The first forum, featuring candidates for the Seattle Mayoral election took place on May 25, while the second forum featured candidates for the open Seattle City Council seat (position 9) and was held on June 8.
Asked by Maya Manus, Co-Chair of our Public Policy Committee, YWCA's question was, “Since 2015, the Department of Construction & Inspections has performed periodic inspections of rental units in the city with the goal to inspect each unit every 10 years. As Mayor, how will you ensure with greater frequency that people are living in housing that meets health and safety standards, and that the owners of buildings are meeting their obligations?"
Overall, the candidates expressed a strong interest in improving the speed of inspections and more comprehensively informing tenants of their rights in Seattle.
Colleen Echohawk said, “The priority for me is to ensure that any kind of housing that is out there for anyone is beautiful, clean, [and] anyone who lives there can live their lives successfully.”
Jessyn Farrell promised to ensure inspections are done in a timely way by further “funding enforcement and funding inspections.”
Bruce Harrell noted his role in passing the existing inspection policy saying, “We did pretty much as best we could from a policy standpoint to ensure that rental units were safe.”
Andrew Grant Houston spoke about his own duties as a licensed architect to maintain the health and safety of any building he designs, and that holding landlords accountable is “an issue of funding. If we want this to work, we need to expand staff and funding.”
Lance Randall said he would like to look at moving to a system of full inspection reviews every five years, rather than every 10. He also said he wanted to improve the connections between police and security at affordable housing buildings, and to “make sure landlords have adequate funding to maintain units.”
Casey Sixkiller, who oversees the Department of Construction & Inspection currently in Seattle, talked about prioritizing these inspections during COVID and supports increasing outreach on tenant rights to both tenants and landlords.
Council Candidates Compare
Local pro-housing groups Seattle For Everyone and the Housing Development Consortium joined together to ask the question, “About 75% of Seattle is zoned for single-family use. As a result, only 5% of all net new units in Seattle from 2010 to 2017 were built in areas zoned single-family. What do you propose, if anything, for allowing new housing types in these neighborhoods in the future? What timeline would you think about for implementation?”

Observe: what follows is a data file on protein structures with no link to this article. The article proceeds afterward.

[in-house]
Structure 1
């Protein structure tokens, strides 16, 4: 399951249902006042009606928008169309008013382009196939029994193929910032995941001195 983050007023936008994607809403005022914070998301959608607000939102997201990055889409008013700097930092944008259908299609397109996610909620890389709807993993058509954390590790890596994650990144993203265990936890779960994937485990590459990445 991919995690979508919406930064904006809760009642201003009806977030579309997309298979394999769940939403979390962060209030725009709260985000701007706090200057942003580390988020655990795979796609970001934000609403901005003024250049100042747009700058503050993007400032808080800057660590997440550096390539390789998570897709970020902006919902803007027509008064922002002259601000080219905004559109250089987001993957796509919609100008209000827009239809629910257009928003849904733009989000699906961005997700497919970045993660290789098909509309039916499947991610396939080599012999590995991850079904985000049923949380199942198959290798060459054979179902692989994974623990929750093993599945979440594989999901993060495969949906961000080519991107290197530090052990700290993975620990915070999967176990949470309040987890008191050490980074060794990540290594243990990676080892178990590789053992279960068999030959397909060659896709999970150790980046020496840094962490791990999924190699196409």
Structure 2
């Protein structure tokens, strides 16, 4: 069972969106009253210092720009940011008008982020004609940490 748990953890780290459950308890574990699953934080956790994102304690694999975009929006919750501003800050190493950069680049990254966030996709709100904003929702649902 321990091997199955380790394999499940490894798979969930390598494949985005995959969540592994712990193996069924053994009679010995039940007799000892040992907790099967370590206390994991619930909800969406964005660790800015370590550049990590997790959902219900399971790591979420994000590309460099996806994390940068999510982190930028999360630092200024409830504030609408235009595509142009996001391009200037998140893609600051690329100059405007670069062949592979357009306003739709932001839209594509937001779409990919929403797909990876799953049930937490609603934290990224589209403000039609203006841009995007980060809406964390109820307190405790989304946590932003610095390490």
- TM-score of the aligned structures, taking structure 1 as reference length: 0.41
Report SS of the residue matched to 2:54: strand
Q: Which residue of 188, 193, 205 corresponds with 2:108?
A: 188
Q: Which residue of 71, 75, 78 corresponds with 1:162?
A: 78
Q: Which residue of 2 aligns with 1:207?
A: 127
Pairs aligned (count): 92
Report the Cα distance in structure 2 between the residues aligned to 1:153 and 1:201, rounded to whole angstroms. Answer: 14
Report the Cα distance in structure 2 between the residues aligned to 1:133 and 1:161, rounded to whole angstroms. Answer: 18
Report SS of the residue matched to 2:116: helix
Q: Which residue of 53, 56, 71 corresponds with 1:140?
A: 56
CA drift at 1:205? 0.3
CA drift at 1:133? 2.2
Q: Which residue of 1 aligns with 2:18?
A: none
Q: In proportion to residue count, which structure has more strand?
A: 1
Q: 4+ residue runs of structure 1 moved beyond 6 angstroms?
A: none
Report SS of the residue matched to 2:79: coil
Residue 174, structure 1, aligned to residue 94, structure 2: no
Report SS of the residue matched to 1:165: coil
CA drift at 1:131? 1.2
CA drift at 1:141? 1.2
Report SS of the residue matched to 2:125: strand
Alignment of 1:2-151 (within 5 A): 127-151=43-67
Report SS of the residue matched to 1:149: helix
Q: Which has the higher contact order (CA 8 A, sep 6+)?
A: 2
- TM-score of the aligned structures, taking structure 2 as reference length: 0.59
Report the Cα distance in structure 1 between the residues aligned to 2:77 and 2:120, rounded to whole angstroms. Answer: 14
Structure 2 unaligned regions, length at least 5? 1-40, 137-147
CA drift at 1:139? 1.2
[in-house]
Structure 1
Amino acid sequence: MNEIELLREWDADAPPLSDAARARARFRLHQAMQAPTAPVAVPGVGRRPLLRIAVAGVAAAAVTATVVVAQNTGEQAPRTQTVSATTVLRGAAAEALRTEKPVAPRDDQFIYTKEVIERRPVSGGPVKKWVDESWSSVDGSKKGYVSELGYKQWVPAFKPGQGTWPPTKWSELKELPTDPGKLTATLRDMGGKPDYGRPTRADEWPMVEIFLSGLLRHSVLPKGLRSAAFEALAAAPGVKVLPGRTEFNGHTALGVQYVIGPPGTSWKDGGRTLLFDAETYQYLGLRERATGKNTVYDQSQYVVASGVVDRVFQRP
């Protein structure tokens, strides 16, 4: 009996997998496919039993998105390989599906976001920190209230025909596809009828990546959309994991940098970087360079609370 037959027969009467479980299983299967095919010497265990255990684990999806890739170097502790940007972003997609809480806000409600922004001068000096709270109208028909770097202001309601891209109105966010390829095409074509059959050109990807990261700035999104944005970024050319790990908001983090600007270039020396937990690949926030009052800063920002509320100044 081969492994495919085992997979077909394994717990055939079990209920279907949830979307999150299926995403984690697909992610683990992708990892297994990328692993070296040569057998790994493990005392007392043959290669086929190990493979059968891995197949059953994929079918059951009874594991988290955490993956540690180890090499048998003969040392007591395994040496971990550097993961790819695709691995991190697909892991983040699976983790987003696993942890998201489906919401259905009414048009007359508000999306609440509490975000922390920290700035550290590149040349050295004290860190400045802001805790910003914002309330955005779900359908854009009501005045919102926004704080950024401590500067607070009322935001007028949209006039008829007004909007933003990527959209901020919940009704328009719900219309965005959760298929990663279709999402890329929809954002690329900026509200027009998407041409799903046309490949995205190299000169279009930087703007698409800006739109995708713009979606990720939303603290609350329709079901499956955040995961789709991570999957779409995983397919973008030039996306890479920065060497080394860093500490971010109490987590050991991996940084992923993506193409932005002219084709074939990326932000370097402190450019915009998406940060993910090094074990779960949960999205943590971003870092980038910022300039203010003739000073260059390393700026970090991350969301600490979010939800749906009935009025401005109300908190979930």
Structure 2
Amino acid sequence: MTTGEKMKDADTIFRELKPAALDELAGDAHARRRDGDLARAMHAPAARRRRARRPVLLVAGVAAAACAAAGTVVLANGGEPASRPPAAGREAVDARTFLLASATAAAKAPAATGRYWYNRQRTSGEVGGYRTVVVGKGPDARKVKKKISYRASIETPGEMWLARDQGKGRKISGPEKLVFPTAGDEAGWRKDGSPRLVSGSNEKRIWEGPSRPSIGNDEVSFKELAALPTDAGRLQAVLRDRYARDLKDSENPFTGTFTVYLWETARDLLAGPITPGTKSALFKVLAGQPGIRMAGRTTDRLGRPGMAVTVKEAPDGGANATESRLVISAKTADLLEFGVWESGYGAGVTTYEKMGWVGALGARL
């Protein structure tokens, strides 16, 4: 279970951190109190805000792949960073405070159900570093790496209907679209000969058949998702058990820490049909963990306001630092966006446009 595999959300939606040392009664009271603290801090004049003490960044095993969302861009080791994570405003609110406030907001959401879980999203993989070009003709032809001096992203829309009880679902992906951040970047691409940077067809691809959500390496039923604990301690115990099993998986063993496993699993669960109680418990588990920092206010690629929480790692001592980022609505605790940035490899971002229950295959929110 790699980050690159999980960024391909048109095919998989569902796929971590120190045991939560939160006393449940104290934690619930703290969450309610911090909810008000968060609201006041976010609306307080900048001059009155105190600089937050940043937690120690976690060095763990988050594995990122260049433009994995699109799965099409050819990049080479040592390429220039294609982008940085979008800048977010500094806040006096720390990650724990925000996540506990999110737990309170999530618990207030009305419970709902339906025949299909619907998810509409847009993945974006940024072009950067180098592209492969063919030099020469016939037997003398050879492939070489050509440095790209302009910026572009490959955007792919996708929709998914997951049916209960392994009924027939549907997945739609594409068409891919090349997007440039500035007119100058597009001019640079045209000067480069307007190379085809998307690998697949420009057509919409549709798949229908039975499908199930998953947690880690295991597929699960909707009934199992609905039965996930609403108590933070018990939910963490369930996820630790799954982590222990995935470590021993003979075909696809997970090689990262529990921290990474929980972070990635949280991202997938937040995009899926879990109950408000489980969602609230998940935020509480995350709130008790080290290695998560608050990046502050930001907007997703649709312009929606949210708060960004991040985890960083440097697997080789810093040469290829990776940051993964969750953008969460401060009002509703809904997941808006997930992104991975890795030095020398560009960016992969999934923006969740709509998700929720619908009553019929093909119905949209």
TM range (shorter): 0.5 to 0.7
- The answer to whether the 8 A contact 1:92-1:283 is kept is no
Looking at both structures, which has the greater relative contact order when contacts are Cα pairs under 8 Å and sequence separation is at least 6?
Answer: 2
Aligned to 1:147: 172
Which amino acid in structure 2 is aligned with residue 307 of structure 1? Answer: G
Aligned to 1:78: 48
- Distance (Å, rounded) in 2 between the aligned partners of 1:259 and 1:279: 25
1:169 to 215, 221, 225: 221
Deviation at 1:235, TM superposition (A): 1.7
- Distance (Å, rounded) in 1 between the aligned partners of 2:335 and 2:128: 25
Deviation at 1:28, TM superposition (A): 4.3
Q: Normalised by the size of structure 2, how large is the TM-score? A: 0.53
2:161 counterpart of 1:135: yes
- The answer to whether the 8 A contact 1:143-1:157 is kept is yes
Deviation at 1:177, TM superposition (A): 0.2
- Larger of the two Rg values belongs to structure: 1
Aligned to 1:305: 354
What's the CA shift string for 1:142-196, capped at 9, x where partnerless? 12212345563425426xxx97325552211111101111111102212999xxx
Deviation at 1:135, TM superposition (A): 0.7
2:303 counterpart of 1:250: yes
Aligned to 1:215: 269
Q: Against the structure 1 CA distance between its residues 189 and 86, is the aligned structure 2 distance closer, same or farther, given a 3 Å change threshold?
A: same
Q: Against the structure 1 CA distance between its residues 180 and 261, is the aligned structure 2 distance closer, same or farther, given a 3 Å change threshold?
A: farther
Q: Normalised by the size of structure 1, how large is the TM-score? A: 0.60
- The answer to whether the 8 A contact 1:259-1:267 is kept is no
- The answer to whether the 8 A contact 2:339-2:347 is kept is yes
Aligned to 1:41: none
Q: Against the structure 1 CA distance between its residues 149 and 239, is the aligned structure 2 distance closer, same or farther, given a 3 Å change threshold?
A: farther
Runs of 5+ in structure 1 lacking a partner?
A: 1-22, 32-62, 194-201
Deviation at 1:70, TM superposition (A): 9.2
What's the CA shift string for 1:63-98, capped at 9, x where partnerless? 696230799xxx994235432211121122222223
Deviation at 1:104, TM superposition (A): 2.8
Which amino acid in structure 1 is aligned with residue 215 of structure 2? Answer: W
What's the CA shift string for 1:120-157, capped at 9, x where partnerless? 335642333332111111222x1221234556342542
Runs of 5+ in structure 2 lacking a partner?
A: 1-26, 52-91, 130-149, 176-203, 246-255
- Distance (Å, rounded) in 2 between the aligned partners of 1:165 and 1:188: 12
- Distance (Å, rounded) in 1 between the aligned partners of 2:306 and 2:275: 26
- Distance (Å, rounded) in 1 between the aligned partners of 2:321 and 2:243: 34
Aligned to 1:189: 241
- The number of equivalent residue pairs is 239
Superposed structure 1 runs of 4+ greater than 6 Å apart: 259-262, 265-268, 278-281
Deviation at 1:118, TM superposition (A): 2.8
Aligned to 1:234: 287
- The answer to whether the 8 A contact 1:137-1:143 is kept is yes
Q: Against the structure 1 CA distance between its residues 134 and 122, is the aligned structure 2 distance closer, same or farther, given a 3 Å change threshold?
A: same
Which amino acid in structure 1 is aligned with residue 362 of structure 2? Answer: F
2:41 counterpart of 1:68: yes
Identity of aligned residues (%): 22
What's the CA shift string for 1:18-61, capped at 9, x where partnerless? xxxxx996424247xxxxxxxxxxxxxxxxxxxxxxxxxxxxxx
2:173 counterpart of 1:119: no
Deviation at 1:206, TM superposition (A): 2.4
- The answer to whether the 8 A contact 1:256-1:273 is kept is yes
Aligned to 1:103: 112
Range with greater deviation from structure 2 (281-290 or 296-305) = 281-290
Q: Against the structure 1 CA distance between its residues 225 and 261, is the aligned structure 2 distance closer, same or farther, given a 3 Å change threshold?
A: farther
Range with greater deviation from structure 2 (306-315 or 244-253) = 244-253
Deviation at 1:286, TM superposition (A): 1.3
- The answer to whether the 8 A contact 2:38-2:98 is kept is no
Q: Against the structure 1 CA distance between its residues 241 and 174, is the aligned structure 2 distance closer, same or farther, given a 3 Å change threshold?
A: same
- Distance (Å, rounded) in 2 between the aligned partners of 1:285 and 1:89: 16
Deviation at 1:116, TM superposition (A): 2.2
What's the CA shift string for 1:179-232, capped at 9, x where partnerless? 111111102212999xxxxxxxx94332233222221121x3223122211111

All three candidates agreed that single-family zoning had to change, but their plans emphasized different elements of the solution.
Brianna Thomas focused on allowing for intergenerational units of two, three, and four bedrooms that can fit a whole family.
Sara Nelson wants Seattle to follow in Portland's footsteps and zone the entire city to allow 4-plexes, an approach she says "reduced displacement everywhere and increased available housing."
Nikkita Oliver said, "For nearly 100 years we have had in place a racist zoning model" and promised to not only end the zoning restrictions on multifamily housing, but also on childcare centers and grocery stores which can serve the neighborhood.
YWCA also asked a question at this forum, related to the unelected Design Review Boards, who review proposed multifamily housing buildings and then require the developers to make changes to meet their aesthetic preferences.
Maya Manus asked, “One factor that delays much-needed housing from being built in our city is the process of design review. Will you commit, with funding, to looking at best practices for design review in our region and in other similar size cities, eliminating bottlenecks that delay units, and adding a Race and Social Justice Initiative (RSJI) framework to the process?”
All three candidates agreed that the design review process does not work.
Sara Nelson called it “broken and severely flawed” and promised to take a “serious look ” at fixing it.
Nikkita Oliver pointed out that the Design Review process is not only "a bottleneck that slows down housing, but it gives very little say to neighborhoods” and expressed a strong desire to see the city’s RSJI fully funded with staff members dedicated to enacting it.
While Oliver spoke about standardizing the RSJI across the City so no department is left uncovered, Brianna Thomas disagreed and said that it should vary by department, as what’s needed to achieve racial justice in the Deparment of Transportation is different that what is needed for design review.
There were many other important and insightful questions asked of the candidates at both forums, and if you'd like to view them yourself, the full recordings of each event can be found on We Are In's Facebook video page.
Exercise your right to vote
Ballots are already in the mail, so don't forget to cast your vote in the upcoming primary election by August 3. You can register to vote and get helpful text message reminders to mail your ballot by signing up at the YWCA Voting Center. If you live in Seattle, you can also use your Democracy Vouchers to fund the candidates you support.
You can also join us on September 14 for the virtual YWCA Inspire Luncheon: Reclaiming Our Power where our amazing keynote will talk about the fight against voter suppression.
Eric Bronson is the Digital Advocacy and Engagement Manager at YWCA. He manages the Firesteel blog in addition to its social media streams and action initiatives. A graduate of Oberlin College, Eric focuses on the intersection of race and gender within the American political economy.
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